Launch. The newly revamped Tarkine Drive was officially opened today at Julius River by Premier Will Hodgman, highlighting $23 million worth of upgrades along the tourist route.
With funding first approved under the previous state government in the 2011/2012 budget, works over the past four years have seen the replacement of the Tayatea, Kanunnah and Rapid River bridges in addition to road, signage and facility upgrades.
Circular Head Mayor Daryl Quilliam said it was pleasing to see the completion of works after initial discussions had begun more than eight years ago, describing it as “a good outcome for Circular Head”.
“I think it’s going to be great for tourists from the mainland, but also for local people,” he said.
“I still believe that the drive will be fantastic for the future. There’s plenty of things to do [and] now they’ve got toilets – I think it’s a spectacular drive to be quite frank.”
Cr Quilliam said he expected the Circular Head Tourism Association – which is funded by the council – to drive the marketing campaign, though added the council as a whole would “do its best” to also encourage visitors.
Other parties welcoming the completion of the Tarkine Drive included Murchison MLC Ruth Forrest, who described it as an “important moment” for local communities, and rally group Save the Tarkine, who thanked past and present governments for their collaborative approach.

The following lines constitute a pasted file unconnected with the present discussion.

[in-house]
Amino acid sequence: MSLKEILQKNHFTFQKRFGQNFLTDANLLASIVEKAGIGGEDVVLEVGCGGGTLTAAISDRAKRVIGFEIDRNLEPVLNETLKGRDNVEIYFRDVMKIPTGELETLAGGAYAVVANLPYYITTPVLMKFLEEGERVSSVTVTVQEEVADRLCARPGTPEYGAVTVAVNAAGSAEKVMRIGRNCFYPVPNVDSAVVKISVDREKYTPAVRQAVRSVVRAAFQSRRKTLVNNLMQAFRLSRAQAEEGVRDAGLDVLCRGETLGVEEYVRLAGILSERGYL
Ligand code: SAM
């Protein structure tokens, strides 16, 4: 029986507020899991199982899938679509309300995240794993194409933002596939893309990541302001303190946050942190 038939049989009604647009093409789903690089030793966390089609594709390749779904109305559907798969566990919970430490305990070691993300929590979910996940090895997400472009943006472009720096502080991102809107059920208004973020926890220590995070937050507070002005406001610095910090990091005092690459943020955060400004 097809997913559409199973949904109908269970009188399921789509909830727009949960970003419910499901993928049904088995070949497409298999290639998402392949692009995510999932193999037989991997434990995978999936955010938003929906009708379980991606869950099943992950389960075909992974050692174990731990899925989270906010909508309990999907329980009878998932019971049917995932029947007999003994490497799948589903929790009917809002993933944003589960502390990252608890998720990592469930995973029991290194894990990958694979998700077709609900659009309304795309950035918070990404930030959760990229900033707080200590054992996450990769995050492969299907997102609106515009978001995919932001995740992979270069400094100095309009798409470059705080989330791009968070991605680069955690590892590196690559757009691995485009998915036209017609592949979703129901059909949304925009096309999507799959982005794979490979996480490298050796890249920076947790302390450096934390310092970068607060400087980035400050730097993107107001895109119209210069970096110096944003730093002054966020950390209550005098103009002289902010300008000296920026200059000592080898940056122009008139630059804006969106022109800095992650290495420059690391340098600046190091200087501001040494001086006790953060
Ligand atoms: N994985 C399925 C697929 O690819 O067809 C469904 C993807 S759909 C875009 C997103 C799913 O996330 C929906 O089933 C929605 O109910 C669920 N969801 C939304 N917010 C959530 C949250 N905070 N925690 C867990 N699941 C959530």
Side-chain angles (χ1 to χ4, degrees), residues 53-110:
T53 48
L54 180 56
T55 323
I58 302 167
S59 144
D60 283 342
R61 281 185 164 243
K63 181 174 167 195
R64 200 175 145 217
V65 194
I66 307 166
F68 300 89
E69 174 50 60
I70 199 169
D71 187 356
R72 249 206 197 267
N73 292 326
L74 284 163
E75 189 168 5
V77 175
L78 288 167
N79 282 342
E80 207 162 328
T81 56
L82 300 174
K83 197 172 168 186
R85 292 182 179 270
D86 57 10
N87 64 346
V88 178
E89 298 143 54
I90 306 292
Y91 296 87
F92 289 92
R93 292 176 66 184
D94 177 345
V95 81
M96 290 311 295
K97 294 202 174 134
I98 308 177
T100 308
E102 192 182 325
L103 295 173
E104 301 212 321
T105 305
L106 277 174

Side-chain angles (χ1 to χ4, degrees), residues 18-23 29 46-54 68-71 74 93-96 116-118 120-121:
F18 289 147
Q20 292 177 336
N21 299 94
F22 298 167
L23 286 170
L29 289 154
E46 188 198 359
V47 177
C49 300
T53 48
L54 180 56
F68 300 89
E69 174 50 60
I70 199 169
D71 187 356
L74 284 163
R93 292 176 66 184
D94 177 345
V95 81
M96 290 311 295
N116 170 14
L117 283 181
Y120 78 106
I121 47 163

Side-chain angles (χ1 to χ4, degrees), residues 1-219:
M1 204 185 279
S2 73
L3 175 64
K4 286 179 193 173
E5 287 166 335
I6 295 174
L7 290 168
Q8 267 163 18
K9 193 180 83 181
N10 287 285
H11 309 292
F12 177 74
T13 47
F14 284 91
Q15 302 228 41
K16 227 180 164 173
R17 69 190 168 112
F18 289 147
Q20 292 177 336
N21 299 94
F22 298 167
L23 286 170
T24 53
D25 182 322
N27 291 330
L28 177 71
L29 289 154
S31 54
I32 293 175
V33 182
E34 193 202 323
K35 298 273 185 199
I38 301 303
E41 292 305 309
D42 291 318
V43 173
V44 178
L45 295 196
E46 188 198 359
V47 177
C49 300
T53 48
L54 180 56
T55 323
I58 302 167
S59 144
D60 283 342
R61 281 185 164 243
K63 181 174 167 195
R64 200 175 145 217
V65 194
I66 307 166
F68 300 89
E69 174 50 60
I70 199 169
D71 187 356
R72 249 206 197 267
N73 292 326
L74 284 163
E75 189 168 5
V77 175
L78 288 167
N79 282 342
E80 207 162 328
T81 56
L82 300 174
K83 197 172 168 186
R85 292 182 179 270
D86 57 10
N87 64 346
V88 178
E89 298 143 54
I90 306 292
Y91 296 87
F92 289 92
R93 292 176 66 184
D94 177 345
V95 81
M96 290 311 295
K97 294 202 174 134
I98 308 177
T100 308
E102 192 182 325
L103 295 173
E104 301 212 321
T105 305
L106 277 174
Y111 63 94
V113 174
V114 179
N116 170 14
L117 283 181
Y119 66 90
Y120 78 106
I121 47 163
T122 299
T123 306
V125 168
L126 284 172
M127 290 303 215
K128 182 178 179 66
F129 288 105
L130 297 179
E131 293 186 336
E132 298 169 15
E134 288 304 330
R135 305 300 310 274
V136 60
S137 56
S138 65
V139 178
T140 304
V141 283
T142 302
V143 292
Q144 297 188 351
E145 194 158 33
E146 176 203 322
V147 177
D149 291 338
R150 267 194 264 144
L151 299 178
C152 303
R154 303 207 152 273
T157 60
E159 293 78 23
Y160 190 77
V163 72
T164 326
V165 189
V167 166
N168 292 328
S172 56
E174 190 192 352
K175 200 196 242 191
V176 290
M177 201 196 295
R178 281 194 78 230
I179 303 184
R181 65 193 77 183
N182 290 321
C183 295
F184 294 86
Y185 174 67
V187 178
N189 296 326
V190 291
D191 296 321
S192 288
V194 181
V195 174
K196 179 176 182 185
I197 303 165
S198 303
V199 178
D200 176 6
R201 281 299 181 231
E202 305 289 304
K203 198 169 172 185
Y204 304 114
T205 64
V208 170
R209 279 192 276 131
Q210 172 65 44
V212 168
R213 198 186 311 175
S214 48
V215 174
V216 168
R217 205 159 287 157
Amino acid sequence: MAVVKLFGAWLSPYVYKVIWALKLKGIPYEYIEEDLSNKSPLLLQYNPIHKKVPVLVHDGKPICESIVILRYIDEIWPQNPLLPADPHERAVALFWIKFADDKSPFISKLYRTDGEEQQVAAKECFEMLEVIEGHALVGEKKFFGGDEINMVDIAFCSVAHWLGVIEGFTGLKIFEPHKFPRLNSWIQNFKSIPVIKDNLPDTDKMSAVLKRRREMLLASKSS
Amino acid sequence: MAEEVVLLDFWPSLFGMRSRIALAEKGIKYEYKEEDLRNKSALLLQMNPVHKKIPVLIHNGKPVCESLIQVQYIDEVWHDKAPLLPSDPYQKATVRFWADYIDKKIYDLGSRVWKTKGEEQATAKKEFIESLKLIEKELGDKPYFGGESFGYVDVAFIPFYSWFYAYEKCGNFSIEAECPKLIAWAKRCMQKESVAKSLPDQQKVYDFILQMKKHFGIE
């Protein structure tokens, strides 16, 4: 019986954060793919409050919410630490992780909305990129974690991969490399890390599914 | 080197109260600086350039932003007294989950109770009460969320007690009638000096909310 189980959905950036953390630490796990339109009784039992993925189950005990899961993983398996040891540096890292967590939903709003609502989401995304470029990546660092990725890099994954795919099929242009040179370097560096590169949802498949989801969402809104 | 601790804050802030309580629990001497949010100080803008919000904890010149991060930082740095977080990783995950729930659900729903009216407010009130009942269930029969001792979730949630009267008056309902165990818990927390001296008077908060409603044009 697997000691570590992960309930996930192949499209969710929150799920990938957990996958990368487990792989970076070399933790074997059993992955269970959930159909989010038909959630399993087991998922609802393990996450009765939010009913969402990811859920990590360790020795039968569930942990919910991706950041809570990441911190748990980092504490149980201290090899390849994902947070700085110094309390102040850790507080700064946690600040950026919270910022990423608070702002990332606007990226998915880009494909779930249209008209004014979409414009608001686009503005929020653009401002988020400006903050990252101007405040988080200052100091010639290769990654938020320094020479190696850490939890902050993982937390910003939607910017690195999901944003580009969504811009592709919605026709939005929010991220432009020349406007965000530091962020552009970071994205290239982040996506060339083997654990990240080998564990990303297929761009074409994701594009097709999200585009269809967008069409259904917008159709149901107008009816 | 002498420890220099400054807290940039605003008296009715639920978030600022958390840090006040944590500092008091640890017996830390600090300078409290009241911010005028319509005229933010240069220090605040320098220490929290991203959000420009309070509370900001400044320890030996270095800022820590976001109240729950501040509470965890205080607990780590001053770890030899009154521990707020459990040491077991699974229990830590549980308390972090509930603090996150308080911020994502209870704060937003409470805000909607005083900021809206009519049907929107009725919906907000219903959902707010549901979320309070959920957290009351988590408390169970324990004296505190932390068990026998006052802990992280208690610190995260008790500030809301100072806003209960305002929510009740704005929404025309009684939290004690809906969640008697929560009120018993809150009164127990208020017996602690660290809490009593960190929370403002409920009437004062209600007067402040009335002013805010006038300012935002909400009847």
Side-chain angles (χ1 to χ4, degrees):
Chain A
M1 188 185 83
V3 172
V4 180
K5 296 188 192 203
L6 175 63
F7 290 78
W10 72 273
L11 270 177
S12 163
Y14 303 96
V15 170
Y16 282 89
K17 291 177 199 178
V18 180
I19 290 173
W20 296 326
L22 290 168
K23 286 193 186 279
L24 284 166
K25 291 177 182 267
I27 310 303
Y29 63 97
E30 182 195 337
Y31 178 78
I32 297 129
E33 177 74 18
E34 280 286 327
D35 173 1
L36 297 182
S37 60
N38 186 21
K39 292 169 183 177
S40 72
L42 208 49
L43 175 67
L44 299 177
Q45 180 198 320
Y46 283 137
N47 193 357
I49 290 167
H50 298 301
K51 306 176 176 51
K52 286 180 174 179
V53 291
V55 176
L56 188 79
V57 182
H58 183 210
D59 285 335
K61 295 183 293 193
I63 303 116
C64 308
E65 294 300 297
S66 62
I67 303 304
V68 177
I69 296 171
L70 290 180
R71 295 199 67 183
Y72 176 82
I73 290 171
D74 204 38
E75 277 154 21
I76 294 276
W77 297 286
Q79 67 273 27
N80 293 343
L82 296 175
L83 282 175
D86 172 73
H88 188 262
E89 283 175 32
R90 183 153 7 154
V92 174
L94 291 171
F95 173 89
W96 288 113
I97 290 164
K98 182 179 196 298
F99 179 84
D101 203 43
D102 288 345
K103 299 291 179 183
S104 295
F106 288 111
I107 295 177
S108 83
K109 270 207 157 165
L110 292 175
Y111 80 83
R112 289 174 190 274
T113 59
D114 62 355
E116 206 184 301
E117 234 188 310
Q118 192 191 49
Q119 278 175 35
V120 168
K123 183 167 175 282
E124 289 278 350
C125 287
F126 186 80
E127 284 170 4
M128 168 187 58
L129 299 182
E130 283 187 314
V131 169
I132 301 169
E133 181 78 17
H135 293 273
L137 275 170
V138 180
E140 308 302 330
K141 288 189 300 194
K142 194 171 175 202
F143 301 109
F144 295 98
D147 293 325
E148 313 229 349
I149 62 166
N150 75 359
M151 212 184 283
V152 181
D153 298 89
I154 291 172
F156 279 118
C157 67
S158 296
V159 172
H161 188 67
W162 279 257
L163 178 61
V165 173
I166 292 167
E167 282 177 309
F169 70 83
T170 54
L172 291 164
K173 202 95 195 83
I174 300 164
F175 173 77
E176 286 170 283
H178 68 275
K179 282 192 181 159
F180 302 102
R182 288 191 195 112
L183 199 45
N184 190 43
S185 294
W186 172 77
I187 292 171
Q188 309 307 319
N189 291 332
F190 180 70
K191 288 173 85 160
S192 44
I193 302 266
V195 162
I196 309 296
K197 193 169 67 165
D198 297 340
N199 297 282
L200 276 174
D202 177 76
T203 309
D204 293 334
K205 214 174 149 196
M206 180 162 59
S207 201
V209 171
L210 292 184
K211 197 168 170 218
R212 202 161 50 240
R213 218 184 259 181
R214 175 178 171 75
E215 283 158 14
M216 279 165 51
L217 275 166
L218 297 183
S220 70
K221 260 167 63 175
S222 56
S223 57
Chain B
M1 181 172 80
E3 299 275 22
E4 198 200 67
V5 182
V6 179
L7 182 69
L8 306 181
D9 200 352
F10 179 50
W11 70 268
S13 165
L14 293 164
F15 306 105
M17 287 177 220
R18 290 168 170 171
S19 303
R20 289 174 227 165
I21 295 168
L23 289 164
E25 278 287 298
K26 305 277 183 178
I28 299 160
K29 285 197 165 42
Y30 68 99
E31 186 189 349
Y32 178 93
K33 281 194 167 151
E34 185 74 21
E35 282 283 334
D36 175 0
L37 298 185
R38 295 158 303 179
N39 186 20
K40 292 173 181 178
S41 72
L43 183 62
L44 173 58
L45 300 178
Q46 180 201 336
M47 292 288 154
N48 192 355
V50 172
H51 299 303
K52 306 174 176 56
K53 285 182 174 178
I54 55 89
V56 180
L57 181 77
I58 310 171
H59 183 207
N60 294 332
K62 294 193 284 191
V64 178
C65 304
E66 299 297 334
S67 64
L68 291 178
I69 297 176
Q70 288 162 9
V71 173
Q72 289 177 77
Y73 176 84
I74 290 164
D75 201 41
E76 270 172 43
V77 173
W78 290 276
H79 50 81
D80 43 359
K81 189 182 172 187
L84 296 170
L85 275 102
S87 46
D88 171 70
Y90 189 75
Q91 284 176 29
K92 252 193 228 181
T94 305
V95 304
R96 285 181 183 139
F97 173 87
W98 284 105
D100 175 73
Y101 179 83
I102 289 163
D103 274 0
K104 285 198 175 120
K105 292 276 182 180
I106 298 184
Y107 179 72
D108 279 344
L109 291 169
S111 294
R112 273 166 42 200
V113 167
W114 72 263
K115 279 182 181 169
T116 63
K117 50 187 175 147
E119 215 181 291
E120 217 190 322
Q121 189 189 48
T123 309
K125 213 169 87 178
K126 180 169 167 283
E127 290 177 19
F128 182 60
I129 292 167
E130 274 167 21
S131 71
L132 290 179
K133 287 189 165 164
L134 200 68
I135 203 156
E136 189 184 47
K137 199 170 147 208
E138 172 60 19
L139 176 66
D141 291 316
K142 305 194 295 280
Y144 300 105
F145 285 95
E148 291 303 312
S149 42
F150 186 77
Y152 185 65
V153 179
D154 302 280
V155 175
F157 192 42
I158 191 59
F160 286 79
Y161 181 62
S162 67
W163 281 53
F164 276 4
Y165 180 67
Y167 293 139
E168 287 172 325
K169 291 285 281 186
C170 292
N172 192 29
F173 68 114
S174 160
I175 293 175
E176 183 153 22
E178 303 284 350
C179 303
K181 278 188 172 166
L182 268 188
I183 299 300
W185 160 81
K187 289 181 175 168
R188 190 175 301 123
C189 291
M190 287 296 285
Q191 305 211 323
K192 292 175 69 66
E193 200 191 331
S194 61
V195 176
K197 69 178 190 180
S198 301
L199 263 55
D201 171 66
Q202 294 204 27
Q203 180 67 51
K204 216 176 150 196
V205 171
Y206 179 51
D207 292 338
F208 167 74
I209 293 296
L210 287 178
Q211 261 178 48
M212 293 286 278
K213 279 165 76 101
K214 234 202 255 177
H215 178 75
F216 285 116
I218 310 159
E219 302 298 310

With the entire route now open to the public following periodical roadworks, Cr Quilliam said continual maintenance and additional upgrades will be looked at in the future to complement the tourism drawcard.
“The only thing I have a query with is the devil ripples – because they’re built from steel . . . it’s hard on the tyres,” he said of the segmented strips, placed along parts of the route.
Mr Hodgman expected the renewed route would be a boost for tourism in the region, hoping to continue a trend of increasing visitor numbers from a four per cent rise in March.
“These upgrades will make the area much easier to access for a growing number of tourists,” he said, “which is expected to increase from 30,000 in 2011 to 74,000 by 2025.
“Importantly, it will ensure the built infrastructure can begin to match the tremendous natural assets of the surrounding area.”